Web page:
a story lives forever
Sign in
Form submission failed!

Stay signed in

Recover your password?
Form submission failed!

Web of Stories Ltd would like to keep you informed about our products and services.

Please tick here if you would like us to keep you informed about our products and services.

I have read and accepted the Terms & Conditions.

Please note: Your email and any private information provided at registration will not be passed on to other individuals or organisations without your specific approval.

Video URL

You must be registered to use this feature. Sign in or register.


Is being smart an accident?


Andrew Gleason's help to me as a student
Marvin Minsky Scientist
Comments (0) Please sign in or register to add comments

As a student, I once... was in a class with... I think it was... I’m trying to remember the professor; it may have been Edward Purcell. But it was... wait a minute. I don’t remember which mathematician it was, but one of the students said: 'Well I understand what one and two and three dimensions are, and… and… I see a little bit of what might be like in four dimensions, but you keep talking about n-dimensional spaces' – Hilbert space has infinite number of dimensions – And the student said: How do you think about these n-dimensional spaces?' The professor stood there for maybe a whole minute and he said: 'Well, you’re not thinking about it the right way. Just think of a particular n.' And then, he went back to... it's a great example of not being helpful. So, that was… I was a young student and I asked Andrew Gleason: 'How do you think of a high dimensional space?' He said: 'Well there are a lot of ways.' So here’s the Society of Mind idea. And he said: 'You can think of a bunch of vectors and just remember that each one is at right angles to all the others.' And then here’s another one, it's… say… whatever… whatever space you’re thinking of, think of it as a surface and ask, what's the solid thing that it’s the surface of? And, if you keep doing that, you keep going in dimensions. And he sort of sat there and mentioned six or seven of these. And I think most students have never had that experience of… of getting that kind of answer where instead of… instead of being told the right way... But the idea… you have to have a lot of vectors and just remember that this one is at right angles to all the others. Well, there’s no way you can imagine that, but… but you can have these little tricks. You can say, oh well I’ll make a… little bundle of this with the other two, that's no problem. I can’t do it with the other three, but who cares. So, that’s the lesson. If somebody says something smart, you should... how did he think of it? Not: How can I repeat that later?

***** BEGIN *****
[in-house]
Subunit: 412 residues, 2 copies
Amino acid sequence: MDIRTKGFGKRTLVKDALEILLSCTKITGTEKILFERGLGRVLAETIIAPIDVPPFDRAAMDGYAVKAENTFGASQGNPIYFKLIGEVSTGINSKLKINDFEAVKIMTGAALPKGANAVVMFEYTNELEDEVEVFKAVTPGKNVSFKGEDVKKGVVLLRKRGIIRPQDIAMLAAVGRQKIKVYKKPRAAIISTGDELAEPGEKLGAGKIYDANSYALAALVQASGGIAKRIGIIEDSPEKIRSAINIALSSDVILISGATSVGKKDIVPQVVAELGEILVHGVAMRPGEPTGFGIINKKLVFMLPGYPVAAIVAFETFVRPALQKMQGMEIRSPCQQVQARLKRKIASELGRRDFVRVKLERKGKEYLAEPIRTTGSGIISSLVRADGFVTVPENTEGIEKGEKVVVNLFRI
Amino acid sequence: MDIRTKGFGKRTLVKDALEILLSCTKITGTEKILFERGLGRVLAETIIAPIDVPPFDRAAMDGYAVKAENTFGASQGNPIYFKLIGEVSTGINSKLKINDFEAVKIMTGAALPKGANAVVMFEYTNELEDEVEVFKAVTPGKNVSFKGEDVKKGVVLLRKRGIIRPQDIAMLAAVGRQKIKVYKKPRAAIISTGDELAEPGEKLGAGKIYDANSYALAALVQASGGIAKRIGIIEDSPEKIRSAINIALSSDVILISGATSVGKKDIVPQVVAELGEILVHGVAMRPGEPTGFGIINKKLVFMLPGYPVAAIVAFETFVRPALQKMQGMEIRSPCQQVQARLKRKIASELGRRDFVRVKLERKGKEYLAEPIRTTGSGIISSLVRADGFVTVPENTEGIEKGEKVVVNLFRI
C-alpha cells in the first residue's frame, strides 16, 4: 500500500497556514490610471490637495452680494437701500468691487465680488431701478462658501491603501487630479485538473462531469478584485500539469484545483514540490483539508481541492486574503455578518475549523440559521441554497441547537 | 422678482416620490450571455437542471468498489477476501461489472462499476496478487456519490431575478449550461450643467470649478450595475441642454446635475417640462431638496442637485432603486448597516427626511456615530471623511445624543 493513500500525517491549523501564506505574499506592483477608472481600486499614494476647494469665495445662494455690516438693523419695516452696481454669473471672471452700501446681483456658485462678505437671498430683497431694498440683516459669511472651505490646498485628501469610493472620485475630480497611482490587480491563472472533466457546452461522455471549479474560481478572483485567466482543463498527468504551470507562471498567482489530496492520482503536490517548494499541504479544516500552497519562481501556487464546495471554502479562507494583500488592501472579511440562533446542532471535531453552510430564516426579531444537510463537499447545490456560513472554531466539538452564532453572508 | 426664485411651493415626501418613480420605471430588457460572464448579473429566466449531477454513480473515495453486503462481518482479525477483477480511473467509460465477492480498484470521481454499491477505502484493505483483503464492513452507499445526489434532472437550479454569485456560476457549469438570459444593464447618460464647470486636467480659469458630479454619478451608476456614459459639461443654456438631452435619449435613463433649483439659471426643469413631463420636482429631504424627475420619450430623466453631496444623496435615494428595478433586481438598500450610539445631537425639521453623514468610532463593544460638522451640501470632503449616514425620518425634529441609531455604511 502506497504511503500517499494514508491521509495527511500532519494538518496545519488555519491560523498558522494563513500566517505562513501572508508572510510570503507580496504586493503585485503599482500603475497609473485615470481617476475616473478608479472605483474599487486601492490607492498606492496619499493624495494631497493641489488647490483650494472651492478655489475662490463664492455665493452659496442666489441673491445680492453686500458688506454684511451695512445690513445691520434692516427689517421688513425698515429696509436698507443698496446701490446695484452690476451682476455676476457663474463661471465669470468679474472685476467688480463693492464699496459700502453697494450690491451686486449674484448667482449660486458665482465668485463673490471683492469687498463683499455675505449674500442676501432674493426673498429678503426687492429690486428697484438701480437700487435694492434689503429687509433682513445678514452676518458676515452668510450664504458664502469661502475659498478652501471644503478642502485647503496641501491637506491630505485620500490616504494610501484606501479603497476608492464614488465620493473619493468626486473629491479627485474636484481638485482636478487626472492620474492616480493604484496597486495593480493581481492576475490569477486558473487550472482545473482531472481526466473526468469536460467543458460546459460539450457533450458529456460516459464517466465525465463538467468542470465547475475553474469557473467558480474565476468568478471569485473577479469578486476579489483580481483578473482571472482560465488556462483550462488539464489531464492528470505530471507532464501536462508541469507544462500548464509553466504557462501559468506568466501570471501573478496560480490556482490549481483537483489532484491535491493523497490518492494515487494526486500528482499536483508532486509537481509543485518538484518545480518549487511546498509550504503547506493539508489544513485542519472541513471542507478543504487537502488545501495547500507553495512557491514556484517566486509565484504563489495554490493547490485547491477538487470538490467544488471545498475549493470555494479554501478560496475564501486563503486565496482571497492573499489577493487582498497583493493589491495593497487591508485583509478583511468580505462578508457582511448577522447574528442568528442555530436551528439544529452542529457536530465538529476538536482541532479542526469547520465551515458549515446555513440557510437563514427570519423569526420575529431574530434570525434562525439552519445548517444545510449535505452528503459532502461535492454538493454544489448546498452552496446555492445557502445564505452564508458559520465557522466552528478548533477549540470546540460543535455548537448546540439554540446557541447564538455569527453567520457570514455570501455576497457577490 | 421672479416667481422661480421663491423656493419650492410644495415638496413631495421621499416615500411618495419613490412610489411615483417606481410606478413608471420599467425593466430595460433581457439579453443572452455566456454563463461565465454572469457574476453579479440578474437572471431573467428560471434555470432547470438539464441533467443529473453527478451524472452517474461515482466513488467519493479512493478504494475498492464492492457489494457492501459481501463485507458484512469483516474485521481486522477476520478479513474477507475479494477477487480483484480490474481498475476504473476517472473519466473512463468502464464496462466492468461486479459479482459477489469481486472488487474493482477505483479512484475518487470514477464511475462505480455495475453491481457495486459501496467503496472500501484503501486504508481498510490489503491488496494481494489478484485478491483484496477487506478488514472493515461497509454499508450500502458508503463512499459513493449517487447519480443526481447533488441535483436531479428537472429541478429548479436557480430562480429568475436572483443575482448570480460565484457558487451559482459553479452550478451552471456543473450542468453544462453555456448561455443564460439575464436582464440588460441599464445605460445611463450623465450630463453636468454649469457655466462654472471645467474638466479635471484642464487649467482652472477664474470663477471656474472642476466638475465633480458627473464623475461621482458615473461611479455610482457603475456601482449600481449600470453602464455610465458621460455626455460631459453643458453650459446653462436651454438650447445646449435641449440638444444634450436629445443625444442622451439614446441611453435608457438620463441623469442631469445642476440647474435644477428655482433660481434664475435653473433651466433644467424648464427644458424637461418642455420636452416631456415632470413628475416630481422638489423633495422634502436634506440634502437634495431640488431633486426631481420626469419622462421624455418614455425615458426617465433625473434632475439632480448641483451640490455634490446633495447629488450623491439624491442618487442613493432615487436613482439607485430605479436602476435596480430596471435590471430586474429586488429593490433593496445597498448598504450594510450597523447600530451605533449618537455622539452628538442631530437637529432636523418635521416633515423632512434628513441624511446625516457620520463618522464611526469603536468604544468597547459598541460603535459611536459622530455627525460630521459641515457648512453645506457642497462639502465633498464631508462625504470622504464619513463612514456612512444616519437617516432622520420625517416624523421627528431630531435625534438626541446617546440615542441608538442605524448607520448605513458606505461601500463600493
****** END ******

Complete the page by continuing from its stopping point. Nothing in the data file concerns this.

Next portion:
Marvin Minsky (1927-2016) was one of the pioneers of the field of Artificial Intelligence, founding the MIT AI lab in 1970. He also made many contributions to the fields of mathematics, cognitive psychology, robotics, optics and computational linguistics. Since the 1950s, he had been attempting to define and explain human cognition, the ideas of which can be found in his two books, The Emotion Machine and The Society of Mind. His many inventions include the first confocal scanning microscope, the first neural network simulator (SNARC) and the first LOGO 'turtle'.

Listeners: Christopher Sykes

Christopher Sykes is a London-based television producer and director who has made a number of documentary films for BBC TV, Channel 4 and PBS.

Tags: Edward Purcell, Andrew Gleason

Duration: 3 minutes, 11 seconds

Date story recorded: 29-31 Jan 2011

Date story went live: 13 May 2011